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Chia Seeds vs Flax Seeds – The Verdict

Chia Seeds vs Flax Seeds – The Verdict

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Despite their small size, chia seeds, or salba seeds as some folks call them, are full of important nutrients.  They were probably well used by the Maya and Aztec culture as the Salvia hispanica plants originate from Guatemala and Mexico. 

They have a larger amount of nutrients and pack a bigger punch than flax seed. For instance, one tablespoon of each when compared side by side contains




Fiber: 5.5 grams
Protein: 2 grams
Fat: 4.5 grams (half are omega-3s)
Calcium: 9% of the RDI
Manganese: 15% of the RDI
Magnesium: 15% of the RDI
Phosphorus: 13.5% of the RDI
*Small amounts of Zinc, Potassium,
B1, B2, and B3


Fiber: 1.9 grams
Protein: 1.3 grams
Fat: 3 grams (little over ⅓ are omega-3s)
Calcium: 2% of the RDI
Manganese: not listed
Magnesium: 7% of the RDI
Phosphorus: 4% of the RDI
Iron: 2% of the RDI
Vitamin B1: 8% of the RDI
*Small amounts of Potassium


They are an excellent source of omega-3 fatty acids, rich in antioxidants, and they provide fiber, iron, and calcium. Remember, omega-3 fatty acids help raise HDL cholesterol, the “good” cholesterol that protects against heart attack and stroke. Two tablespoons of chia seeds have almost 10 grams of fiber. That’s around 40 percent of the recommended daily intake. Diets high in fiber have been linked to weight loss among other things. Like Flax, these seeds are loaded in antioxidants, known to help with strength in aging and lessening the risk of cancer. 

 Like flax seeds, but on a whole-other-level chia seeds deliver a high quality plant protein that staunches the need for snacking and satiates the body the same way carbs and meat can. So, if taken daily, it can be a natural appetite suppressant. Something that chia offers more than flax is the help with bone health. Calcium, phosphorus, magnesium and protein all help keep bones strong and healthy, add in the bonus of phytic acid – which has been shown to reduce calcium absorption. Several studies show that eating chia seeds have improved blood sugar in people who have type 2 diabetes. Some studies show that these seeds help with chronic inflammatory issues, but there are still studies being made to be sure of this possible helpful situation. 

If you buy chia seeds, they should be either black or white. They are bland and so can pretty much be added to anything without changing the flavors you already have. Also – you don’t have to mill them to get the best results. 

 When they are soaked and used in recipes, they remind me of tapioca. That’s why so many people use them in parfaits! It only takes maybe 15 minutes for the transition to make a “pudding” that can last up to 5 days in the fridge and you can use a little bit of anything to soak it in to give it the flavor you like – almond milk and fruit juice or nectar is usually preferred (pineapple is my fave but you can use anything you want).  They can be ground up and added to all sorts of things, even dry recipes. Whole, if you add them into something wet, they’ll take on the flavor as they expand and sometimes there might be a crunch to it and some folks love that.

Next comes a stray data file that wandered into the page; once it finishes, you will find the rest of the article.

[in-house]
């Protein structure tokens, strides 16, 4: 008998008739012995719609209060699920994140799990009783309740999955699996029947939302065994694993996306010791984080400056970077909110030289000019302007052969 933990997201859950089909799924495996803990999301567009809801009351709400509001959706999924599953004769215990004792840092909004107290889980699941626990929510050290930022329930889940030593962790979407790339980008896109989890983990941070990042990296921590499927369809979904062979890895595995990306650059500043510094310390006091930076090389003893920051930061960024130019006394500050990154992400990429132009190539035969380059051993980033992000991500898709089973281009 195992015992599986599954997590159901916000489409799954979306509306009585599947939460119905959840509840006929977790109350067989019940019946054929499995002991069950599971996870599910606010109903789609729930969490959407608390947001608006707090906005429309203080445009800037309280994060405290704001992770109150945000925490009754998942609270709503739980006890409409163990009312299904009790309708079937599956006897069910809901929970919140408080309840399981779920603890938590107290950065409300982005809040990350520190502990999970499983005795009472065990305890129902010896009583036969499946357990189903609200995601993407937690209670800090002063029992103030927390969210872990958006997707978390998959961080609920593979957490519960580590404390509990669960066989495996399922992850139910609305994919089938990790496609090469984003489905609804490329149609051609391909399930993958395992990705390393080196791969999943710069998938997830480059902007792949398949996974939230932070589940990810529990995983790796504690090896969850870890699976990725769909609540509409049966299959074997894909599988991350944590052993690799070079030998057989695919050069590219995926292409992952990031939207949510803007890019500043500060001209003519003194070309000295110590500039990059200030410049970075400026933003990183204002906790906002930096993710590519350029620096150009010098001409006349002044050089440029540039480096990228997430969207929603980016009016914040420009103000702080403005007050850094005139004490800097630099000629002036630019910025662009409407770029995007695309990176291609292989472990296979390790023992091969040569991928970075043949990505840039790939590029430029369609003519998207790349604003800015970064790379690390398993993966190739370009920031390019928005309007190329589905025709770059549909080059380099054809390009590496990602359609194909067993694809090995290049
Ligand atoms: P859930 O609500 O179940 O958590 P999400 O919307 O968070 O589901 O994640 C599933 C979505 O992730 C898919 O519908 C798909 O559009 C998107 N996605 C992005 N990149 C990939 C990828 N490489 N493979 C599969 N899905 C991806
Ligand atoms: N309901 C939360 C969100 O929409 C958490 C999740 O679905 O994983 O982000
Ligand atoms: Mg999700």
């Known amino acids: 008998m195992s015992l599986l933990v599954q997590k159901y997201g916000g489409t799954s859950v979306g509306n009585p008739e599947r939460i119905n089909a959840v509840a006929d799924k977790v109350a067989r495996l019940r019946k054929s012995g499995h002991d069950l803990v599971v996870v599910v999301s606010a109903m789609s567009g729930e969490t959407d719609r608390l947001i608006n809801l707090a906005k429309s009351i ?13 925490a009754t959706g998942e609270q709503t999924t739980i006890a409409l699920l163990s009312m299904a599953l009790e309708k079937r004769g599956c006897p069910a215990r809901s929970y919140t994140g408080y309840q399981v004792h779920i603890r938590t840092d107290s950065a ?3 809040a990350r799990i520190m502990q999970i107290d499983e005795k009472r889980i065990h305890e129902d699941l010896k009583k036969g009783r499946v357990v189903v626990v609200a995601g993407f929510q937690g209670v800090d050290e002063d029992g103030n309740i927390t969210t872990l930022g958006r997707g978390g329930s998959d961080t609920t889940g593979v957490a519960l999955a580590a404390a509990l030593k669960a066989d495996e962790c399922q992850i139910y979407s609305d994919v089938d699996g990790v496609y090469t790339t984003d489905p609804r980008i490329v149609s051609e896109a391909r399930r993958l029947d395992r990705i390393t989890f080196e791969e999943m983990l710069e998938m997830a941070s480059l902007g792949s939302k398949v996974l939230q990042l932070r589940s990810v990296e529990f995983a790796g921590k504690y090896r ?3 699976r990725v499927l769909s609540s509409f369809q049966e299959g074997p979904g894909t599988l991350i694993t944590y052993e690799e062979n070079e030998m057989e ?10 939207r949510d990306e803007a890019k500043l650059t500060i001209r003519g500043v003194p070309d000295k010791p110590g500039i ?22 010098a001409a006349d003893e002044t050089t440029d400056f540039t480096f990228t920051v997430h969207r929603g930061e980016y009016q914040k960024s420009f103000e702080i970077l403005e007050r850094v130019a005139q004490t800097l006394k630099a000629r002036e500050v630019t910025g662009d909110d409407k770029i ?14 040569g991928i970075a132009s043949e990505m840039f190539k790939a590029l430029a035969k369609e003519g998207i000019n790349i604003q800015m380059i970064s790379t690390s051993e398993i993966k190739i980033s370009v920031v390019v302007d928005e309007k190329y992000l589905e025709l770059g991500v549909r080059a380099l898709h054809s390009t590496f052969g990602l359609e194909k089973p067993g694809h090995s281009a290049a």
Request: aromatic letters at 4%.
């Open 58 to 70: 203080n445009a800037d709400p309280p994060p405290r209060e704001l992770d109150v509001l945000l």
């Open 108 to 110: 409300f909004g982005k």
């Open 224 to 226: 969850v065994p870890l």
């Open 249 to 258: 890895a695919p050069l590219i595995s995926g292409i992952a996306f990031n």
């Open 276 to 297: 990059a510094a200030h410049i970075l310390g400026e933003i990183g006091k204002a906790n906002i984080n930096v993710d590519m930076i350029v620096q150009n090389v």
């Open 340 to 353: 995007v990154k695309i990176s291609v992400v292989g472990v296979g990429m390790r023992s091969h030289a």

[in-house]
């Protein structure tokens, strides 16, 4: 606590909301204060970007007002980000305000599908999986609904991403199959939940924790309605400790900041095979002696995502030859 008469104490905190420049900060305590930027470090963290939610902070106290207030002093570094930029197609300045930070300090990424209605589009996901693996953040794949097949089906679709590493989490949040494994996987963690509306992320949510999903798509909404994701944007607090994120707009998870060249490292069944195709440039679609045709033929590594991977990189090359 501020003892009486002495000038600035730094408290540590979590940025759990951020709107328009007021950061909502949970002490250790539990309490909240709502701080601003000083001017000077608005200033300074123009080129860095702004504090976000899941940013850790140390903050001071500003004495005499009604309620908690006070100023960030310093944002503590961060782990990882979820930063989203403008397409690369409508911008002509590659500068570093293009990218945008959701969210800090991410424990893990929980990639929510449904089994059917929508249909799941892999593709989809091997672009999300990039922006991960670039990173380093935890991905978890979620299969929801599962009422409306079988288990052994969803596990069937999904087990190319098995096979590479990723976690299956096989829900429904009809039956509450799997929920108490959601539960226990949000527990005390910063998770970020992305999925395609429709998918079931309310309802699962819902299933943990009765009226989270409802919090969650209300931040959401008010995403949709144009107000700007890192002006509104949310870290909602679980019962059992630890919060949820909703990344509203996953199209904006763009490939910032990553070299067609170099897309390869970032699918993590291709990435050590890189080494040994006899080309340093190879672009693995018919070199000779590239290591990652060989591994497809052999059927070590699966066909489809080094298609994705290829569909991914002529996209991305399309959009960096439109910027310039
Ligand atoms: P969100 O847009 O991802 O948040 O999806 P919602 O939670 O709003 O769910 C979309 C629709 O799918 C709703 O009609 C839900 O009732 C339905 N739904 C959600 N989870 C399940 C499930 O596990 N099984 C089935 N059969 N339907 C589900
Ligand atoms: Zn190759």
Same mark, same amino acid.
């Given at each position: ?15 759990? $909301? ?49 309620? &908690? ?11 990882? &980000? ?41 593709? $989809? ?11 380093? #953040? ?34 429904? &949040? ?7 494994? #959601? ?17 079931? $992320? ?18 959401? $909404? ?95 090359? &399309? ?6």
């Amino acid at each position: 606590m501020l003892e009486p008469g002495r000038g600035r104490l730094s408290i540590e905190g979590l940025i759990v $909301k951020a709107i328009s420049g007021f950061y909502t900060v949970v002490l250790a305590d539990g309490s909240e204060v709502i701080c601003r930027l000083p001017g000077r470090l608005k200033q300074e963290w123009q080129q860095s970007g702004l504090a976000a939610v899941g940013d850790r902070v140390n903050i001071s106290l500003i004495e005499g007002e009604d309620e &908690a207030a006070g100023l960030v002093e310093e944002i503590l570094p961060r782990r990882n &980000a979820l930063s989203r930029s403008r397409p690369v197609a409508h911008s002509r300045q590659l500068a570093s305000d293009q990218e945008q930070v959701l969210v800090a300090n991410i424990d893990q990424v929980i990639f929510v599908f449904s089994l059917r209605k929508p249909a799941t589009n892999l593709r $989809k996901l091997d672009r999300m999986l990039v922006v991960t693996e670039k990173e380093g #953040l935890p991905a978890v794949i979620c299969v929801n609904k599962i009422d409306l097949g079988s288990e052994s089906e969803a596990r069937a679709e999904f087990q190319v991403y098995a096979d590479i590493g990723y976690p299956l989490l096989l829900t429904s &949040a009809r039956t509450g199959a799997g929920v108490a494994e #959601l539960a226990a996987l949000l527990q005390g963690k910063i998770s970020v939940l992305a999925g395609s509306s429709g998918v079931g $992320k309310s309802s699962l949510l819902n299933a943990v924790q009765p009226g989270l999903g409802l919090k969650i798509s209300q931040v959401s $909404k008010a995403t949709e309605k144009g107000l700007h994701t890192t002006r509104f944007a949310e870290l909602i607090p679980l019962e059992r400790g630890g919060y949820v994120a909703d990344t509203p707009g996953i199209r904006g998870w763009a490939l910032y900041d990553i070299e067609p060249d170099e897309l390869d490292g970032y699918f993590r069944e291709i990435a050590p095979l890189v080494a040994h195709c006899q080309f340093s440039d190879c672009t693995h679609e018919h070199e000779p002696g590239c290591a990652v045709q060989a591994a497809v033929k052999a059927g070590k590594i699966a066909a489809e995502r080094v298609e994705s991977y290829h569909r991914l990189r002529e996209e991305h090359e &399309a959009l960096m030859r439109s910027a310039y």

Another bonus for me is that they have a shelf life of a few years so long as they are kept in a dry storage area.  You can also soak the ground version of chia seeds for over an hour and use them as an egg replacement in a lot of recipes. The cool thing is, like other foods that were once thought to only be specialized, these seeds can be found a little bit of everywhere now. Look at your local grocer for them, I know I’ve seen them at several big-box grocery stores as well as at my favorite bargain stop – Aldi… 

I’ll be adding a lot of recipes on here for you that contain chia seeds, because over all, it’s very dense in nutrients compared to other seeds and grains.

WARNING: Chia seeds are able to absorb 10–12 times their weight in liquid. If they’re not soaked before you eat them, they may expand and cause a blockage, increasing your risk of choking.  Also be careful of taking in too much fiber, especially when you’re on a vegetable based diet – you will experience a LOT of gas and intestinal issues. The recommended daily intake of chia seeds is 1 ½ tablespoons twice per day. So don’t go too wild! 

Be sure to check out our blog article on flax seeds.

RDI – Recommended Daily Intake
Studies pulled from US National Library of Medicine National Institutes of Health.

I have no idea what I’m doing. There. I got that out of the way. When it comes to cooking, I have no idea what I’m doing - EXCEPT… that I was taught by my mama, my nanny, my granny, and my aunts how to make the basics, very Southern style (Southern U.S./ Heart of Dixie style). I also have learned to handle things on my own, from how to eat on a tight budget when we were a struggling family, to how to spoil myself with the fanciest of dishes when I could afford it. I love food, and because I was so limited when it came to food preparation and design as a child and young woman, I love to explore new options as a middle-aged mother. So, if you were looking for a food expert - sorry. But if you prefer a practical person who admits she’s been a noob to cooking and has learned from good people and through trial and error? I’m here for ya!

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James and Rachel

We are James and Rachel Adams. Welcome to our happy space. We have always been foodies at heart so we created this blog to share our love of food with you and hopefully inspire fellow noob cooks to pick up that spatula and make something amazing.